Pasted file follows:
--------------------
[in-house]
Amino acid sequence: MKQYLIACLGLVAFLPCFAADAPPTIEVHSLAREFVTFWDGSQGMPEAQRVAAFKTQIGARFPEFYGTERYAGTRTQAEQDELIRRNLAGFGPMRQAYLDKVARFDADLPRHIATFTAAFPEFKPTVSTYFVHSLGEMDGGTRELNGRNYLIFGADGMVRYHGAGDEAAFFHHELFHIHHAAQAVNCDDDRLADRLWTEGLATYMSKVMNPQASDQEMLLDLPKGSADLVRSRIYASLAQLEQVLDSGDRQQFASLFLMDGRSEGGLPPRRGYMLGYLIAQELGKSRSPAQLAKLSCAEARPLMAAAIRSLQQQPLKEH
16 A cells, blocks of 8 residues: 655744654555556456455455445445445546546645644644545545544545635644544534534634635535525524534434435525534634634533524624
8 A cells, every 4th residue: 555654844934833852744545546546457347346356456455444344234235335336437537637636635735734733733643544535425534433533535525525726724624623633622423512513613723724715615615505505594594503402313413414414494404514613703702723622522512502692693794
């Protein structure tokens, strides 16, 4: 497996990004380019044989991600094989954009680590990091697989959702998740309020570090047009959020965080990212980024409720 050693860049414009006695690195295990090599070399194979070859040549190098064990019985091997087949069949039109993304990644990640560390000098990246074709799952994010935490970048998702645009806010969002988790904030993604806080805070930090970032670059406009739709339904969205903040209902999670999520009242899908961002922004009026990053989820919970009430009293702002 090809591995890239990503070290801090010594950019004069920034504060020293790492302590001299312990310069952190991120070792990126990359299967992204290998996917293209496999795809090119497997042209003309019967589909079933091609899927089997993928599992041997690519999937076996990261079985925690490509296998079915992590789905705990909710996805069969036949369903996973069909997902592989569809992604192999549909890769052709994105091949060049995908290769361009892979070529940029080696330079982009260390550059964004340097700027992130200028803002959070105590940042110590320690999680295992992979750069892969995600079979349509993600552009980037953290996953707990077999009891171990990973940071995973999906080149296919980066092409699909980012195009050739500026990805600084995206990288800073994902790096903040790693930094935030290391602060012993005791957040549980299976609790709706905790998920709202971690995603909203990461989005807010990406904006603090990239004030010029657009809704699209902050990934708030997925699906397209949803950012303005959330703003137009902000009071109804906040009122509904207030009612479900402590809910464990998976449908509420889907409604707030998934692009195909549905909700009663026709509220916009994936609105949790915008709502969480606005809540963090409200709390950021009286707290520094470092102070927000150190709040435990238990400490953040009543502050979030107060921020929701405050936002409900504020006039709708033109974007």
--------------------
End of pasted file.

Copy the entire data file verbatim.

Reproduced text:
[in-house]
Amino acid sequence: MKQYLIACLGLVAFLPCFAADAPPTIEVHSLAREFVTFWDGSQGMPEAQRVAAFKTQIGARFPEFYGTERYAGTRTQAEQDELIRRNLAGFGPMRQAYLDKVARFDADLPRHIATFTAAFPEFKPTVSTYFVHSLGEMDGGTRELNGRNYLIFGADGMVRYHGAGDEAAFFHHELFHIHHAAQAVNCDDDRLADRLWTEGLATYMSKVMNPQASDQEMLLDLPKGSADLVRSRIYASLAQLEQVLDSGDRQQFASLFLMDGRSEGGLPPRRGYMLGYLIAQELGKSRSPAQLAKLSCAEARPLMAAAIRSLQQQPLKEH
16 A cells, blocks of 8 residues: 655744654555556456455455445445445546546645644644545545544545635644544534534634635535525524534434435525534634634533524624
8 A cells, every 4th residue: 555654844934833852744545546546457347346356456455444344234235335336437537637636635735734733733643544535425534433533535525525726724624623633622423512513613723724715615615505505594594503402313413414414494404514613703702723622522512502692693794
């Protein structure tokens, strides 16, 4: 497996990004380019044989991600094989954009680590990091697989959702998740309020570090047009959020965080990212980024409720 050693860049414009006695690195295990090599070399194979070859040549190098064990019985091997087949069949039109993304990644990640560390000098990246074709799952994010935490970048998702645009806010969002988790904030993604806080805070930090970032670059406009739709339904969205903040209902999670999520009242899908961002922004009026990053989820919970009430009293702002 090809591995890239990503070290801090010594950019004069920034504060020293790492302590001299312990310069952190991120070792990126990359299967992204290998996917293209496999795809090119497997042209003309019967589909079933091609899927089997993928599992041997690519999937076996990261079985925690490509296998079915992590789905705990909710996805069969036949369903996973069909997902592989569809992604192999549909890769052709994105091949060049995908290769361009892979070529940029080696330079982009260390550059964004340097700027992130200028803002959070105590940042110590320690999680295992992979750069892969995600079979349509993600552009980037953290996953707990077999009891171990990973940071995973999906080149296919980066092409699909980012195009050739500026990805600084995206990288800073994902790096903040790693930094935030290391602060012993005791957040549980299976609790709706905790998920709202971690995603909203990461989005807010990406904006603090990239004030010029657009809704699209902050990934708030997925699906397209949803950012303005959330703003137009902000009071109804906040009122509904207030009612479900402590809910464990998976449908509420889907409604707030998934692009195909549905909700009663026709509220916009994936609105949790915008709502969480606005809540963090409200709390950021009286707290520094470092102070927000150190709040435990238990400490953040009543502050979030107060921020929701405050936002409900504020006039709708033109974007």